Don’t look now, but the Giants, who started the season by losing their first six games, have now won three straight after beating the Oakland Raiders 24-20 at MetLife Stadium last Sunday.
The game was not as close as the score indicated. While Giants QB Eli Manning had an average day for him in terms of passing statistics, he did not have to do much as running back Andre Brown came off the injured reserve list to rush for over 100 yards.
Raiders QB Terrelle Pryor was ineffective, and the Raiders were able to muster 20 points only out of the Giants’ propensity for turnovers that turned into near-immediate touchdowns. You would have thought that the Raiders were an IRS-approved 501(c)(3) charity the way the Giants aided them.
If the Giants can beat the Green Bay Packers, who will be without injured All-Pro QB Aaron Rodgers, next Sunday, they will be very much alive in the NFC playoff hunt.
The New York Jets held their annual “Taste of the NFL” in SoHo the day after they raised their fans’ spirits by upsetting the New Orleans Saints 26-20. The event raises funds for organizations that feed the hungry in the tri-state area. Chefs from such famed Manhattan restaurants as Nobu, Tao, Delmonico’s, the 21 Club, the 40/40 Club, Dos Caminos and Patsy’s served sample dishes off their menus. Among the Jets in attendance were center Nick Mangold, offensive lineman Willie Colon and quarterback Geno Smith.
Colon grew up in the South Bronx and wished that some of the restaurants he loves, such as his many favorites on City Island, could have been invited to take part. The Jets should have tried a little harder to get outer-borough representation.
Smith admitted that the upcoming road games against the Buffalo Bills and Baltimore Ravens following the bye week for his team will be an accurate litmus test of how good or flawed a team the Jets are. Smith chuckled when I said to him at the Taste of the NFL that I hope Buffalo wings and Maryland crab cakes agree with him more than Cincinnati chili did. The Bengals made Smith look like a Pop Warner QB as they routed the Jets 49-9 three weeks ago.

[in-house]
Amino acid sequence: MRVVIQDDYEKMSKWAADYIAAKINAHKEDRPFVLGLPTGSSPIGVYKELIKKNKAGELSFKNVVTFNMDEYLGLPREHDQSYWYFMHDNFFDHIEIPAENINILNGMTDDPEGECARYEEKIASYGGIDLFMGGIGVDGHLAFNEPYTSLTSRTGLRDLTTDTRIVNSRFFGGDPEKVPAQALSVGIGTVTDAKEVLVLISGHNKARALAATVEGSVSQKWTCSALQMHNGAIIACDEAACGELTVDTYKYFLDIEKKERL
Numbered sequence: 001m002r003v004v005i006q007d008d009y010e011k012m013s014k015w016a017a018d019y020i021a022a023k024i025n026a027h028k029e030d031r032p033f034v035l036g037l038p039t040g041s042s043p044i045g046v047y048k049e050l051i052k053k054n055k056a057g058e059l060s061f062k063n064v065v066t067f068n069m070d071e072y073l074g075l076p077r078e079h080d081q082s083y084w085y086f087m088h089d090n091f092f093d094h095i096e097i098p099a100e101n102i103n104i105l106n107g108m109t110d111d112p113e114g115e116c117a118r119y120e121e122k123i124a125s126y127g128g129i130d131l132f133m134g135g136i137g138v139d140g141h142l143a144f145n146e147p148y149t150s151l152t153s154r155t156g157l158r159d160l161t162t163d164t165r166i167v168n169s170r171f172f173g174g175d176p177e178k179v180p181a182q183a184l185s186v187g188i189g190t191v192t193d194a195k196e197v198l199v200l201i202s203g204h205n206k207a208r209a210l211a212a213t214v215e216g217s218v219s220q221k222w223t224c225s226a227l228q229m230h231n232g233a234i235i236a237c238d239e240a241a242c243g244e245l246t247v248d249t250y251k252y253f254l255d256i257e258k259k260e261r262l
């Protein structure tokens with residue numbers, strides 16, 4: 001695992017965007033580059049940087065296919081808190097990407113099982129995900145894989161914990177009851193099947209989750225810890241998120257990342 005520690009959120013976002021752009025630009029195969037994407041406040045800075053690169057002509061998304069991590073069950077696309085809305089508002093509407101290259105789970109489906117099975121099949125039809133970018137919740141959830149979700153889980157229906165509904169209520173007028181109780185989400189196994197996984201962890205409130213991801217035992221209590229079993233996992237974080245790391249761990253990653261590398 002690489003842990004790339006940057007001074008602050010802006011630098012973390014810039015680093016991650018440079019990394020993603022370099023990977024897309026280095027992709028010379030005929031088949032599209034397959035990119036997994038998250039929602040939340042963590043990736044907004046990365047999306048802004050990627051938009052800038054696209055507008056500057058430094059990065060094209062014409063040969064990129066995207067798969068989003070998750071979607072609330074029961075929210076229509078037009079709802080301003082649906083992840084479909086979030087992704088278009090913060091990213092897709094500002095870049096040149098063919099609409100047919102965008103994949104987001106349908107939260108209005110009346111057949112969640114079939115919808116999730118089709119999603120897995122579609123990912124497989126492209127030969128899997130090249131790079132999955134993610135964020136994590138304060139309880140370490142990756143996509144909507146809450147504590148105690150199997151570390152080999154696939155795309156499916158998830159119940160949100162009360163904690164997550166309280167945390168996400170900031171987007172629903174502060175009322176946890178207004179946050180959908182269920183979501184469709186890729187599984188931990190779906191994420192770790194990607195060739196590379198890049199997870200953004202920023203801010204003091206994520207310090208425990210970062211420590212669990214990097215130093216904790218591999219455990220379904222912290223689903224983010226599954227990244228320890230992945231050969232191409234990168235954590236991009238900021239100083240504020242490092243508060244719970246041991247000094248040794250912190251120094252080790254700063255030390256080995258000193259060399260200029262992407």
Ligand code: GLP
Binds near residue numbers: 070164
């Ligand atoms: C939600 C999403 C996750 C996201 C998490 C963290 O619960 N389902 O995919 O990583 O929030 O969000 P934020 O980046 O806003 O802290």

The Mets were also doing their part to fight hunger as they held a canned food drive in the Citi Field parking lot last Tuesday. The goods were immediately sent to City Harvest to be used in the group’s food pantries.
See the extended version of Sports Beat every week at qchron.com.
Jets and Giants fans have to be thankful that the bizarre Richie Incognito-Jonathan Martin saga happened to the Miami Dolphins and not to one of their teams.
Incognito must have spent days with a public relations/crisis management professional before his Sunday interview with Fox Sports’ Jay Glazer. He was well-spoken and calm as he claimed that he is not a racist and that the epithets he used are part of NFL locker room culture, a world in which political correctness does not exist, according to him. He relayed a series of text messages that he alleges shows that he was not harassing Martin but was rather his friend and mentor.
For argument’s sake, let’s say that Incognito was an insignificant locker room drill sergeant who meant well and was merely partaking in a longstanding part of NFL culture that the public doesn’t know about. His NFL career is probably over anyway. You can be certain that NFL Commissioner Roger Goodell, who is very aware of the importance of public relations, will come down hard on him if for no other reason than to send a message to every player and coach in the league.
Goodell is still smarting over how the NFL appeared to be callous on the issue of player concussions, and the last thing he needs is this black eye. He is well aware of how many anti-bullying campaigns are currently running, including a very successful one promoted by World Wrestling Entertainment. He knows that his television partners and their sponsors don’t want to be associated with a product that includes bullying and harassment as part of the norm.
Miami Dolphins head coach Joe Philbin and his staff, who all claim ignorance of what was going on in their team’s locker room, will almost surely get the axe at the end of the season from team owner Stephen Ross.
If Ross’ name sounds familiar, it’s because he is a major real estate developer. He built the Time Warner Center and is ready to be Mets CEO Fred Wilpon’s partner in developing Willets Point as part of Mayor Bloomberg’s political giveaway (it will be interesting to see if Bill de Blasio will try to overturn that). Real estate developers are always dealing with politicians, and they don’t want to be associated with needless public headaches such as the Incognito-Martin affair.